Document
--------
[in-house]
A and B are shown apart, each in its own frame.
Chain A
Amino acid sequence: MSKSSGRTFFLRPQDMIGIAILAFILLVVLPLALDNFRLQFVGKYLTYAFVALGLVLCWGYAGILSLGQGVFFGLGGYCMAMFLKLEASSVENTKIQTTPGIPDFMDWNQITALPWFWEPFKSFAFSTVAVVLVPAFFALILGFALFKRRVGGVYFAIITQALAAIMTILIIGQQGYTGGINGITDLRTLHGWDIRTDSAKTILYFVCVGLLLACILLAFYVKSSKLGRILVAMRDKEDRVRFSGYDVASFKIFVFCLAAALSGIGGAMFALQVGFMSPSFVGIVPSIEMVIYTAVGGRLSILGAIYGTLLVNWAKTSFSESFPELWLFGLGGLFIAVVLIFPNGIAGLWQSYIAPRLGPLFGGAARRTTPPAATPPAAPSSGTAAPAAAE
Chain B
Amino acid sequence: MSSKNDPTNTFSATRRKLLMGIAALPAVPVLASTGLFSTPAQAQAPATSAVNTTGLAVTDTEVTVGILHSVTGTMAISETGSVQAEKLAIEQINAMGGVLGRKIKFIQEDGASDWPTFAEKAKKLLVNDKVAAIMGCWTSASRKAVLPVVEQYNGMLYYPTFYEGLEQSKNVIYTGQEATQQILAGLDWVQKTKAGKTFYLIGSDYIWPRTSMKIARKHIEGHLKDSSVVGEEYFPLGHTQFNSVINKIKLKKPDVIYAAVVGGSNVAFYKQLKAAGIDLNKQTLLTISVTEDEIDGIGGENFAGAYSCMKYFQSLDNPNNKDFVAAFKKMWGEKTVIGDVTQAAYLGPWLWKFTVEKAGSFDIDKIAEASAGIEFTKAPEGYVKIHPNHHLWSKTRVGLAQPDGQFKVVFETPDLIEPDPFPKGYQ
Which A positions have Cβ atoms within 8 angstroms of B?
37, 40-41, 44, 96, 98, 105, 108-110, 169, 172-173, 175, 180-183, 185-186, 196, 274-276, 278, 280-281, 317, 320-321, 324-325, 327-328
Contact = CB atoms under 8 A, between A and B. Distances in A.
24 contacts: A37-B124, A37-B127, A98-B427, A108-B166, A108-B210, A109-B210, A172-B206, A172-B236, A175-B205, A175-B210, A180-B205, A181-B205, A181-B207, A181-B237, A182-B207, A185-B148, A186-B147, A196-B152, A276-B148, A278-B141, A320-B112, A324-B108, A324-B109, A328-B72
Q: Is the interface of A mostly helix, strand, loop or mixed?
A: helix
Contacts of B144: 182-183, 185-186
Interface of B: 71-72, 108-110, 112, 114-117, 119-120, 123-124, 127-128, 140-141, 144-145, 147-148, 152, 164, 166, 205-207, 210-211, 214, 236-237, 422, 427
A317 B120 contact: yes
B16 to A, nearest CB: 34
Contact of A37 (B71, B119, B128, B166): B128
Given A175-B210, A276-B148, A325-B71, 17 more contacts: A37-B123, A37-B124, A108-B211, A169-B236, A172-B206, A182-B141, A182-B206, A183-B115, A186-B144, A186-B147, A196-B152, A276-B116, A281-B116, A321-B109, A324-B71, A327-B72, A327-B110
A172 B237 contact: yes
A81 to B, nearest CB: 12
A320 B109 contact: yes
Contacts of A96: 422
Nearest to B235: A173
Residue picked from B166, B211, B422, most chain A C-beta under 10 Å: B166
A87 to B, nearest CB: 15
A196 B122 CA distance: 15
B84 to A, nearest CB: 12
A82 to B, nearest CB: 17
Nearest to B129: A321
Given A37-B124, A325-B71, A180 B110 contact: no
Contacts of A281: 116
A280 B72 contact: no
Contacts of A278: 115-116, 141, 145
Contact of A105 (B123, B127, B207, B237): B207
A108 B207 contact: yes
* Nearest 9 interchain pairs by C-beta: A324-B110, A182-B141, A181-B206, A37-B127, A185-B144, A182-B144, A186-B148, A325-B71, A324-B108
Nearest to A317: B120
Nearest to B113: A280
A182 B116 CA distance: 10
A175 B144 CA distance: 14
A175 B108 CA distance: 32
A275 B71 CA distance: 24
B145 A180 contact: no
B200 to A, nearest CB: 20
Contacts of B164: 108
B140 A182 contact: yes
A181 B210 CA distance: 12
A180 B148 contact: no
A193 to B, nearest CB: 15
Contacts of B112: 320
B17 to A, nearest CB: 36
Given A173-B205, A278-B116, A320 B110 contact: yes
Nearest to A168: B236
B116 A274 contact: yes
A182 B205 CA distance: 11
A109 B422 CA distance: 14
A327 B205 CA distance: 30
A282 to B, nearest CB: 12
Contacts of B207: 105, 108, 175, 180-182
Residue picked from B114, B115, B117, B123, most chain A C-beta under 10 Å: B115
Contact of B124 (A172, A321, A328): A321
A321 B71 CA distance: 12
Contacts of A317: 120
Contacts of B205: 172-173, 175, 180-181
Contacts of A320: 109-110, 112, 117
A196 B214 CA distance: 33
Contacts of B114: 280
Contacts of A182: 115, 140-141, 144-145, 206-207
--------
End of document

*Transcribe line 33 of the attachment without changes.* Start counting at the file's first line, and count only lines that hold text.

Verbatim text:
Contacts of A278: 115-116, 141, 145